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Michigan House Members Call to Impeach Gov. Whitmer

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Several Michigan lawmakers are calling for Gov. Gretchen Whitmer‘s impeachment after the announcement of the state’s new COVID-19 restrictions.

Under the new restrictions that are set to start Wednesday, Michigan high schools and colleges must halt in-person classes, indoor dining is no longer allowed at bars and restaurants, entertainment businesses must close for three weeks and gathering sizes also will be tightened.

Whitmer said the orders are issued lawfully under the Michigan Department of Health and Human Service.

Michigan state Rep. Matt Maddock believes otherwise and said that he and a “growing list of Michigan Legislators” will work to impeach Whitmer.

Maddock said fellow Republican state Reps. Daire Rendon, Beau LaFave, Ryan Berman, Shane Hernandez and John Reilly were among the lawmakers who would pursue Whitmer’s impeachment.

The group of lawmakers say they believe Whitmer has crossed the line.

Their statement, which was posted to Facebook, included a list of all the reasons he believed Whitmer deserved to be removed from office, including that she “Ignored court orders. Violated our Constitutional rights. Completely ignored due process and the legislature. Weaponized contract tracing databases to aid democrat campaigns.”

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Tiffany Brown, a spokesperson from Whitmer’s office told TV5, responded by saying, “Governor Whitmer doesn’t have any time for partisan politics or people who don’t wear masks, don’t believe in science, and don’t have a plan to fight this virus. Right now, she is focused on saving lives. The governor will continue to work hard for all 10 million Michiganders.”

In order to impeach a sitting governor in Michigan, a simple majority of the 110 member House of Representatives would need to vote to initiate impeachment hearings. Republicans would hold 58 of the 110 house seats as of Jan. 1, 2021. Two-thirds of the 38 member Senate would be needed to convict or remove the governor.

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COVID-19

California Tells COVID-Positive Medical Staff to ‘Return to Work Immediately, Without Isolation or Testing’

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The Los Angeles Times came out with a piece Wednesday titled, “With hospitals reeling, California tells COVID-positive medical workers to stay on the job.” With more and more patients arriving to the emergency room every day, forced to wait entire days to be seen, there is no one to answer the phones and no one to take out the trash.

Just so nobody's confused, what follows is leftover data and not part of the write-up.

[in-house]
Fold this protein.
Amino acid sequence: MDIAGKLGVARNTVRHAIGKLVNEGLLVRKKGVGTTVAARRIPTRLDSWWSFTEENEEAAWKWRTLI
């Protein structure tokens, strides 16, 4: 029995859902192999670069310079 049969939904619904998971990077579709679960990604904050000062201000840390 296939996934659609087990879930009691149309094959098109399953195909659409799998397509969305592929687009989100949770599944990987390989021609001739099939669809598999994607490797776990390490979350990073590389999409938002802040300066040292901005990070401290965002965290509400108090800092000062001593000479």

Due to the Omicron-fueled surge, healthcare workers are calling out sick in droves, and has “left the medical infrastructure on edge.” As a result, California, and other state’s officials are examining a “Sweeping policy change that allows asymptomatic healthcare workers who have tested positive for the coronavirus to return to work immediately, without isolation or testing.”

Currently, the policy will remain in place through February 1st to avoid staffing shortages. The California Department of Public Health said because hospitals are reaching capacity, providing essential care is extremely compromised.

“Given those conditions, the department is providing temporary flexibility to help hospitals and emergency services providers respond to an unprecedented surge and staffing shortages” said the agency.

On Tuesday, nurses and representatives with the SEIU 721 union spoke out against the measure outside the Los Angeles County Board of Supervisors meeting in downtown to L.A. The California Nurses Association also said it planning a “day of action” for Thursday to condemn the state’s decision.

“It is absolutely infuriating that Democrats turned our nation upside down, harmed our children and may have even allowed the Democrats to steal an election creating these mandates, only to be forced to throw it all out the window on a whim because they did not work” says Sara Carter

“When President Trump was questioning these things, when I would question these things, when any sane person would question these things, the Democrats tried to make everyone look like they wanted to kill their grandmother and that we were conspiracy theorists” adds Carter.

“Is the situation ideal? No,” said Dr. Robert-Kim Farley, an epidemiologist and infectious-diseases expert at the UCLA Fielding School of Public Health. “Is it the lesser of the two evils of having no one to care for patients, versus having staff caring for them that may have COVID? Yes, it’s the lesser of two evils.”

The L.A. Times adds, “Kim-Farley said the policy is a recognition of the significant strain hospitals are experiencing amid an increased number of patients and decreased number of staff. The chances of transmission from an asymptomatic worker are minimal, he said, particularly since he or she would be practicing precautions, including wearing high-grade medical masks.”

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